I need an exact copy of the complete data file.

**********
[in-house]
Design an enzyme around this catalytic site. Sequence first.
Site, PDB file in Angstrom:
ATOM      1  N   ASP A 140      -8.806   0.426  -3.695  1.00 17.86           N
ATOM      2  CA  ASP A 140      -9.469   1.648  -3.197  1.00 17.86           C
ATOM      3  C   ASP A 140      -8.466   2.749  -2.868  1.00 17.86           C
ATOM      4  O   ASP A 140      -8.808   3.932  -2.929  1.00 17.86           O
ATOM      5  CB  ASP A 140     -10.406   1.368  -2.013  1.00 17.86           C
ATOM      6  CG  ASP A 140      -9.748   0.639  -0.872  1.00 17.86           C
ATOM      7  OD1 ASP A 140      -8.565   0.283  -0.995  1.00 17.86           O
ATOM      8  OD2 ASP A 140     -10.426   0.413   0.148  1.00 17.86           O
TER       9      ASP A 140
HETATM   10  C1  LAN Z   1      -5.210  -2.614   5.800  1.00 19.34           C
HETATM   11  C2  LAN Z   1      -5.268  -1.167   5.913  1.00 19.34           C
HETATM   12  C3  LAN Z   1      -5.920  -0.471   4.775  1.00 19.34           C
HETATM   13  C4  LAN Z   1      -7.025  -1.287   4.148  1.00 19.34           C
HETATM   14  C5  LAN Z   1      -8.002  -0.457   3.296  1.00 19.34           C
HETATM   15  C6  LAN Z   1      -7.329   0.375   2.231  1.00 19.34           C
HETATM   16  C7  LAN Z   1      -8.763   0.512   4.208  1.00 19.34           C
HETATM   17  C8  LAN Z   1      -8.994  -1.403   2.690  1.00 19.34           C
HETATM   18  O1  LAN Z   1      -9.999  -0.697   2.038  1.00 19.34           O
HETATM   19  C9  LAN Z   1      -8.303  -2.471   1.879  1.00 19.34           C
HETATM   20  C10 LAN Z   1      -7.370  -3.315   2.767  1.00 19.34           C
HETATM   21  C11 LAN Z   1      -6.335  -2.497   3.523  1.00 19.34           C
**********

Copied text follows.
[in-house]
Design an enzyme around this catalytic site. Sequence first.
Site, PDB file in Angstrom:
ATOM      1  N   ASP A 140      -8.806   0.426  -3.695  1.00 17.86           N
ATOM      2  CA  ASP A 140      -9.469   1.648  -3.197  1.00 17.86           C
ATOM      3  C   ASP A 140      -8.466   2.749  -2.868  1.00 17.86           C
ATOM      4  O   ASP A 140      -8.808   3.932  -2.929  1.00 17.86           O
ATOM      5  CB  ASP A 140     -10.406   1.368  -2.013  1.00 17.86           C
ATOM      6  CG  ASP A 140      -9.748   0.639  -0.872  1.00 17.86           C
ATOM      7  OD1 ASP A 140      -8.565   0.283  -0.995  1.00 17.86           O
ATOM      8  OD2 ASP A 140     -10.426   0.413   0.148  1.00 17.86           O
TER       9      ASP A 140
HETATM   10  C1  LAN Z   1      -5.210  -2.614   5.800  1.00 19.34           C
HETATM   11  C2  LAN Z   1      -5.268  -1.167   5.913  1.00 19.34           C
HETATM   12  C3  LAN Z   1      -5.920  -0.471   4.775  1.00 19.34           C
HETATM   13  C4  LAN Z   1      -7.025  -1.287   4.148  1.00 19.34           C
HETATM   14  C5  LAN Z   1      -8.002  -0.457   3.296  1.00 19.34           C
HETATM   15  C6  LAN Z   1      -7.329   0.375   2.231  1.00 19.34           C
HETATM   16  C7  LAN Z   1      -8.763   0.512   4.208  1.00 19.34           C
HETATM   17  C8  LAN Z   1      -8.994  -1.403   2.690  1.00 19.34           C
HETATM   18  O1  LAN Z   1      -9.999  -0.697   2.038  1.00 19.34           O
HETATM   19  C9  LAN Z   1      -8.303  -2.471   1.879  1.00 19.34           C
HETATM   20  C10 LAN Z   1      -7.370  -3.315   2.767  1.00 19.34           C
HETATM   21  C11 LAN Z   1      -6.335  -2.497   3.523  1.00 19.34           C